May 4th, 2015. The Chanel Cruise Resort 2016 Seoul fashion show took place on a white, glossy, circuitous runway punctuated with a trail of dots reminiscent of NECCO Candy Buttons. The setting of the show perfectly complimented the themes of the collection from the fashion powerhouse – South Korea, ’90s bubblegum pop, and unclear directions.
In the days of its conception, Chanel was founded upon the fashion philosophies devised by brand matriarch – Coco Chanel. Coco was known for her taste for minimalism, little black dresses, and bending the gender-normative expectations for women’s clothing.
In 1983, Karl Lagerfeld became the creative director for Chanel. With his leadership came a new way of maximalist thinking for the fashion house’s design criteria. Lagerfeld had a penchant for incorporating glitzy and glamorous elements into classic Chanel staples like refashioning the classic 2.55 bag with a gold chain and a monogrammed Chanel CC lock embellishment. Lagerfeld’s designs were innovative in a time where a booming economy afforded fashion enthusiasts large, disposable incomes and a desire to show off their opulent purchases.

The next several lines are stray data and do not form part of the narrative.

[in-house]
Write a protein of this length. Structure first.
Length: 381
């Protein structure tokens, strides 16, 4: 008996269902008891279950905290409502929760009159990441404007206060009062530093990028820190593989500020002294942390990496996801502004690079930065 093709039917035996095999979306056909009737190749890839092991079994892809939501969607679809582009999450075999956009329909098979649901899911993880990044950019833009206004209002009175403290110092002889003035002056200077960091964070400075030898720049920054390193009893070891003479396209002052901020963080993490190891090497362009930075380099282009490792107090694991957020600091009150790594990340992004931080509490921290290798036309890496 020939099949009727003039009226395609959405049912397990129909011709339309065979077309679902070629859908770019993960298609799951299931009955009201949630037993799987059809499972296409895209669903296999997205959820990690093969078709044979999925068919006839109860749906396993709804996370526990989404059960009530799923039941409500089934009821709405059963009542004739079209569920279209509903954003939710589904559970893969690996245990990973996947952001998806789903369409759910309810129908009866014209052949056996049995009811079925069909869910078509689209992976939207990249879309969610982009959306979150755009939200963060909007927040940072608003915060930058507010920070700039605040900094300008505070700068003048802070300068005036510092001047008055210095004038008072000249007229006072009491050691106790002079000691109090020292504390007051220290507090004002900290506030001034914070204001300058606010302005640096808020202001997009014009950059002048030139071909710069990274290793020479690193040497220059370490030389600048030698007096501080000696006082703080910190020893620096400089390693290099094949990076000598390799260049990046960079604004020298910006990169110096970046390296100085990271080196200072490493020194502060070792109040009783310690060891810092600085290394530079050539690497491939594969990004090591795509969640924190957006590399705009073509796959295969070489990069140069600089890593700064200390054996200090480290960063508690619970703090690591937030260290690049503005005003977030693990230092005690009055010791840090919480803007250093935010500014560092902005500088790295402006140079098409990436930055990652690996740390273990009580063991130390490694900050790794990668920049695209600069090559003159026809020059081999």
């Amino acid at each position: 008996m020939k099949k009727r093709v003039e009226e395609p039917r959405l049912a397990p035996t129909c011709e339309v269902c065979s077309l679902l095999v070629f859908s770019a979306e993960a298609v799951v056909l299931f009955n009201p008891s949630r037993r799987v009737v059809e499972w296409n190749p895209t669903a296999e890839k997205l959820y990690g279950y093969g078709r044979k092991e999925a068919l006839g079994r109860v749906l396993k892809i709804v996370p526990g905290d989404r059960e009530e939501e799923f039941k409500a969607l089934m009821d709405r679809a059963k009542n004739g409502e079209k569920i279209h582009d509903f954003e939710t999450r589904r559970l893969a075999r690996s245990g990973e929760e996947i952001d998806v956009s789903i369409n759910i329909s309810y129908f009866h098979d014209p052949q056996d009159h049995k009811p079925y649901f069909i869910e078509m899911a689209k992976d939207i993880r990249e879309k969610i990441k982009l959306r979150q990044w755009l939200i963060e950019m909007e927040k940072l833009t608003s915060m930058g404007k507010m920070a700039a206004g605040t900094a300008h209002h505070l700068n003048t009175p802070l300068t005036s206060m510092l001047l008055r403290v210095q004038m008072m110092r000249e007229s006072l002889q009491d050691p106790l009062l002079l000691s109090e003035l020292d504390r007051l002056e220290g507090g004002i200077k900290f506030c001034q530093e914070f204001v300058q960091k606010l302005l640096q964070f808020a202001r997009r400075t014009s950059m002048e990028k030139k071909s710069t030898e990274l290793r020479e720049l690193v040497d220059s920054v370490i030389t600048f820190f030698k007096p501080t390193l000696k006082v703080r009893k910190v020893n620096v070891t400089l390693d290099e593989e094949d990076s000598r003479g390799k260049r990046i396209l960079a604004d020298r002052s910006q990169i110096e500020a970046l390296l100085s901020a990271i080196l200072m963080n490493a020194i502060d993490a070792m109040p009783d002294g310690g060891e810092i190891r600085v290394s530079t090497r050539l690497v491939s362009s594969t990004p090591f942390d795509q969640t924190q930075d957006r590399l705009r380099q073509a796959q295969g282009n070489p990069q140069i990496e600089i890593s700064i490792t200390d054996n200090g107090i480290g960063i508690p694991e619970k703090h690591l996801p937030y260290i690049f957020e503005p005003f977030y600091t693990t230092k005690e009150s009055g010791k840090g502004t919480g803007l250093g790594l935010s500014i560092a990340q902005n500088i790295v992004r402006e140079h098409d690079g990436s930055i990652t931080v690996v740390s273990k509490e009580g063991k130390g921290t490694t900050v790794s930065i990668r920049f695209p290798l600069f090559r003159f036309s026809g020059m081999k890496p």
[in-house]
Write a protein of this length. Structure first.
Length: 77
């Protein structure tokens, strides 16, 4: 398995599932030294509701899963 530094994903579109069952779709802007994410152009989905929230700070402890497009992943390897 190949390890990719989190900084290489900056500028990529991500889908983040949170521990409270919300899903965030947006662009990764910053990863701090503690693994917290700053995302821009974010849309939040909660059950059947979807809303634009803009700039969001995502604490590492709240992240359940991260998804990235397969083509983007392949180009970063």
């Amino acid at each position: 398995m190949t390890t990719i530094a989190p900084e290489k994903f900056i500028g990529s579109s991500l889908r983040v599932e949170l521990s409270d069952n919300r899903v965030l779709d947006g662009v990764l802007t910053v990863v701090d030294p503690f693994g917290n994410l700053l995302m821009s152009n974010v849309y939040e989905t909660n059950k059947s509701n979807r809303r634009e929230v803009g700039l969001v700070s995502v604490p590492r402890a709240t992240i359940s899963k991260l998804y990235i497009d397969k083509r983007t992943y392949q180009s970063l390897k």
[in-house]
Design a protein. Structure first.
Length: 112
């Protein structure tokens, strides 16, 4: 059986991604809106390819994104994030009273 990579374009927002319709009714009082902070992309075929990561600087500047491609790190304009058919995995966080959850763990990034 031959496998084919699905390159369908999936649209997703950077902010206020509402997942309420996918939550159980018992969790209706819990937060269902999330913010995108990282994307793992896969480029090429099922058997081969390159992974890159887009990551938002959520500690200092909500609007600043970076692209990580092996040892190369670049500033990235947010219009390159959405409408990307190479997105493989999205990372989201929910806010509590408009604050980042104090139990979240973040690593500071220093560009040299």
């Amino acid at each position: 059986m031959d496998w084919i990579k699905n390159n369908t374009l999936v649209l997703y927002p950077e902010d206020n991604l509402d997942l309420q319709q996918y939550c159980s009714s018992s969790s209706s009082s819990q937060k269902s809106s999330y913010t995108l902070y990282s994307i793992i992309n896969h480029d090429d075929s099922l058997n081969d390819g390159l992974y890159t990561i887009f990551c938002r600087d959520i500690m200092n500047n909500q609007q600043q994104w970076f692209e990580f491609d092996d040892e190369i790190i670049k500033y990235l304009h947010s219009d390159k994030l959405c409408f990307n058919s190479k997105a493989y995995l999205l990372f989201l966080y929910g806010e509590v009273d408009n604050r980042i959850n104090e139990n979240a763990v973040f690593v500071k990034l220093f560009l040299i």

In the Chanel Cruise Resort 2016 line, Lagerfeld employs his old tactics through refashioning familiar Chanel silhouettes and staples like tweed Chanel suits and fabric, box chain bags, chunky chain jewelry, pleats, and square-toed Maryjane heels. Lagerfeld’s attempt at rejuvenating the classic looks comes from taking inspiration from current and ancient Korean culture, which through globalization and the internet has become popular with Western youths – especially the super trendy K-Pop phenomenon. High fashion is no stranger to taking inspiration from Eastern cultures – mostly borrowing from Japanese and Chinese styles.
The Eastern influence is beneficial in ways other than aesthetics. Eastern Asian countries, especially their urban areas, have a reputation for seeming futuristic, which affords Chanel the opportunity to deviate from current trends in the name of innovation ahead of its time. Juxtaposing this element with classic Chanel designs and late ’90s colors, materials, and shapes comes off as jarring in the Chanel Cruise Resort 2016 show. The mismatching elements are highlighted via the production of the show, which featured discordant synth-pop over stereotypically Asian-sounding music, intentionally clashing hairpieces, and awkward fabric attached to the bottoms of clothing.
Most coverage of the Chanel Cruise Resort 2016 show has focused on the celebrities in attendance and on Lagerfeld himself who is no stranger to controversy. The show’s foreign location and themes cemented the brand’s traditional and dated status as unattainable, and more recently, detached from current trends.